A downturn in the concert business in 2010 did not have a negative impact on corporate dollars spent in the space, as North American-based companies will spend $1.17 billion to sponsor music venues, festivals and tours in 2011, a 7.3% increase from the $1.09 billion spent in 2010, according to information compiled by Chicago-based IEG, which tracks the sponsorship industry.
The increase outpaces the projected 5.9% increase in overall sponsorship spending and represents the largest increase in spending among all property types including sports, causes and the arts. The increase reflects both the viability of live music as a platform for brands to connect with passionate consumers and a migration of marketing dollars from traditional media to the more interactive live event space.
“More marketers have returned to sponsorship as the economy rebounds, which in turn has benefited the music touring business,” William Chipps, senior editor of IEG Sponsorship Report, tells Billboard.biz. Chipps adds that double-digit percentage decreases in concert attendance last year should not negatively impact the live music sponsorships going forward. “The decline in the touring industry is not expected to have a significant impact on sponsorship spending. More and more companies are embracing nontraditional marketing channels, and music provides a marketing platform to tap into a key passion point.”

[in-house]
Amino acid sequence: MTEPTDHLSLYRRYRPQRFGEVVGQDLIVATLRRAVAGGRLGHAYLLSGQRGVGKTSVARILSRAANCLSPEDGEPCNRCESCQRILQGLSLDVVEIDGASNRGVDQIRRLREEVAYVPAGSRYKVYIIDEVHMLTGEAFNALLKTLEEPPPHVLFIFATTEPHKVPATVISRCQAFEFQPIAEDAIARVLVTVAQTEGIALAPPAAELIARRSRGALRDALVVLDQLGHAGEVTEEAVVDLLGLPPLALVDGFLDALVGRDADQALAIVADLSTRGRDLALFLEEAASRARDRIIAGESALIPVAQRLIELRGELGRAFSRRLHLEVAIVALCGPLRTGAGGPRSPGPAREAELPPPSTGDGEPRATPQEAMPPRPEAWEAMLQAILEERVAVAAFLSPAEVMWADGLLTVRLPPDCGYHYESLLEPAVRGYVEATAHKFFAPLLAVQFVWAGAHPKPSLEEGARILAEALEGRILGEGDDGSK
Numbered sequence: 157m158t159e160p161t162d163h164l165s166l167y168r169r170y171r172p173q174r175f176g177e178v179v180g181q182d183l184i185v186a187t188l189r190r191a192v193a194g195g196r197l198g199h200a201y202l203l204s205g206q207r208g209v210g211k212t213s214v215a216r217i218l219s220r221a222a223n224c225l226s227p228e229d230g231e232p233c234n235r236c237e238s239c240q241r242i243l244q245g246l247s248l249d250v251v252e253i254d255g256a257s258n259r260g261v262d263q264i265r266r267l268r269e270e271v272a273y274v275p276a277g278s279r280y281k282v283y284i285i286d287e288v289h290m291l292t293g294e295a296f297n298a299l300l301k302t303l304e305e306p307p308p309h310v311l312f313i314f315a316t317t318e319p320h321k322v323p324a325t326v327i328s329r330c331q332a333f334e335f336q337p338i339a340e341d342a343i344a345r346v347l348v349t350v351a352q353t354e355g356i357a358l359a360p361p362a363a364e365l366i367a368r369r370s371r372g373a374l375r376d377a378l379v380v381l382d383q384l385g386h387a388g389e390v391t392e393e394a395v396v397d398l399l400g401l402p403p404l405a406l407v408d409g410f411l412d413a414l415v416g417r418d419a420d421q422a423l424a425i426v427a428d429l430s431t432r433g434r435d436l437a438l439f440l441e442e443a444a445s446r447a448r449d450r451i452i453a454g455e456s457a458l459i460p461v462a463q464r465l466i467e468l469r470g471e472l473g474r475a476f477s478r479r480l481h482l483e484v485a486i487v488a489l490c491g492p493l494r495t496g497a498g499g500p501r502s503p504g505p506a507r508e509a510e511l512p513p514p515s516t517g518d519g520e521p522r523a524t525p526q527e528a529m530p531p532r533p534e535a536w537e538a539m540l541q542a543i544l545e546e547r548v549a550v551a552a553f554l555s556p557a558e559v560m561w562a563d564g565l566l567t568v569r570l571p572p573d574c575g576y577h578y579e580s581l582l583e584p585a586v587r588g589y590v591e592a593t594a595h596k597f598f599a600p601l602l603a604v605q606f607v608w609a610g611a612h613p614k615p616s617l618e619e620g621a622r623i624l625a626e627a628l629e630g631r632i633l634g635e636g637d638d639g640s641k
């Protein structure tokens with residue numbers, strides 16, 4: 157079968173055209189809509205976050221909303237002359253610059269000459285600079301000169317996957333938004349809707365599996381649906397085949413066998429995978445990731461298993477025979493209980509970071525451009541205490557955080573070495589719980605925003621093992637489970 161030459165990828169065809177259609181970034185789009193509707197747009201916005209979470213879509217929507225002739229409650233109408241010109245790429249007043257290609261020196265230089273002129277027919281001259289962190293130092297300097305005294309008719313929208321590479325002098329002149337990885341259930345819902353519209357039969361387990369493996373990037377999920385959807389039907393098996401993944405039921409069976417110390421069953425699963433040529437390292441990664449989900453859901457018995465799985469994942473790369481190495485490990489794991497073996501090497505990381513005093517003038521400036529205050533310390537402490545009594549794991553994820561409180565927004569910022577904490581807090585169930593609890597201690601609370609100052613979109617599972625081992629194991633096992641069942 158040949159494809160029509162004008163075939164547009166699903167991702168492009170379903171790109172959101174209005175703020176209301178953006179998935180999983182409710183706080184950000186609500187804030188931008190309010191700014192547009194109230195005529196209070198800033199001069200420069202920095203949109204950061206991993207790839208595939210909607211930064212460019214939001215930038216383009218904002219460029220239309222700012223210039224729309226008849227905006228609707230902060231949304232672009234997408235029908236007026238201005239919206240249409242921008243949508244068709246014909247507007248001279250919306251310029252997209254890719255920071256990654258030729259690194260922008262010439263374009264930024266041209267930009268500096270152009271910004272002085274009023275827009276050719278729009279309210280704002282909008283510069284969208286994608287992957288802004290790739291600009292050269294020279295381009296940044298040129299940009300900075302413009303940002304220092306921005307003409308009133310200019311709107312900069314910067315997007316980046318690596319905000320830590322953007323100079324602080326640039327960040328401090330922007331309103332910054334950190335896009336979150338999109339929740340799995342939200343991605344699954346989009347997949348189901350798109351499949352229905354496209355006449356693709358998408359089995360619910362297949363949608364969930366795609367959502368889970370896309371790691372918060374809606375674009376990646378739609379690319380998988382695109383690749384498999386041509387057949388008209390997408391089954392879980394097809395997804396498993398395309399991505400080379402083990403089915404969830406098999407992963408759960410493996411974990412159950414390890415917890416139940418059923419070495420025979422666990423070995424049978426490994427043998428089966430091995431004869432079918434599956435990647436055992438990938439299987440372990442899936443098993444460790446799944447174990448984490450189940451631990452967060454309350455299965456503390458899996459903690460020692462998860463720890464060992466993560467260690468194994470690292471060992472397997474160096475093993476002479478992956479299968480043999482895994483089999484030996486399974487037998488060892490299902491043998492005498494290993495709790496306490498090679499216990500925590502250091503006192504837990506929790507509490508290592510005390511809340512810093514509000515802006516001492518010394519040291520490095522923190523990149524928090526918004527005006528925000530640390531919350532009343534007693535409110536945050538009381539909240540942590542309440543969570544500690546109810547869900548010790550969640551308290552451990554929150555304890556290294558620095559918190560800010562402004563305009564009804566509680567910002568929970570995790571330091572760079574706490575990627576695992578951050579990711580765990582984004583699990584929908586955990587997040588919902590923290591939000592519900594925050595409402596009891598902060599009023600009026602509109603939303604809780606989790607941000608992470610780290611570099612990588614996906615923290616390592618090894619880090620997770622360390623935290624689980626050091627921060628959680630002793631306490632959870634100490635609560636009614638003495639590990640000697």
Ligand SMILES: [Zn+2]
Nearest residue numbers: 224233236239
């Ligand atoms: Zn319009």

According to IEG, spending continues to be driven by the apparel, automotive, insurance, personal grooming, retail, technology and telecommunications categories. In an ongoing trend, much of the growth is driven by sponsorship spending on multi-day music festivals, with one established festival generating an 80% increase in revenue.
Recent deals cited by IEG include Sweet Leaf Tea Co. sponsoring the Free Press Summer Fest in Houston; Camelbak Products, LLC partnering with Lollapalooza in Chicago; and consumer electronics manufacturer Vizio, Inc. and online local discount provider Gilt City teaming up with the Coachella Valley Music and Arts Festival in Indio, Calif. In addition, RadioShack Corp. this year inked new partnerships with Lollapalooza and the Austin City Limits Music Festival, both produced by Austin-based C3 Presents.
Sponsorships at entertainment venues also shows strength, with Live Nation and AEG both reporting new naming rights deals. Those include Virginia Farm Bureau signing three-year naming rights to Live Nation’s Virginia Beach Amphitheater, a venue now called Farm Bureau Live at Virginia Beach.
AEG has signed a handful of naming-rights deals over the past year for venues it owns or operates, including the Best Buy Theater in New York City; 1st Bank Center in Broomfield, Colo. and the Verizon Theatre at Grand Prairie in Texas.
Corporate interest in music tours also has picked up, with several major acts touring with corporate partners on board. Those partnerships include Katy Perry and Schick Quattro for Women, and Taylor Swift and CoverGirl.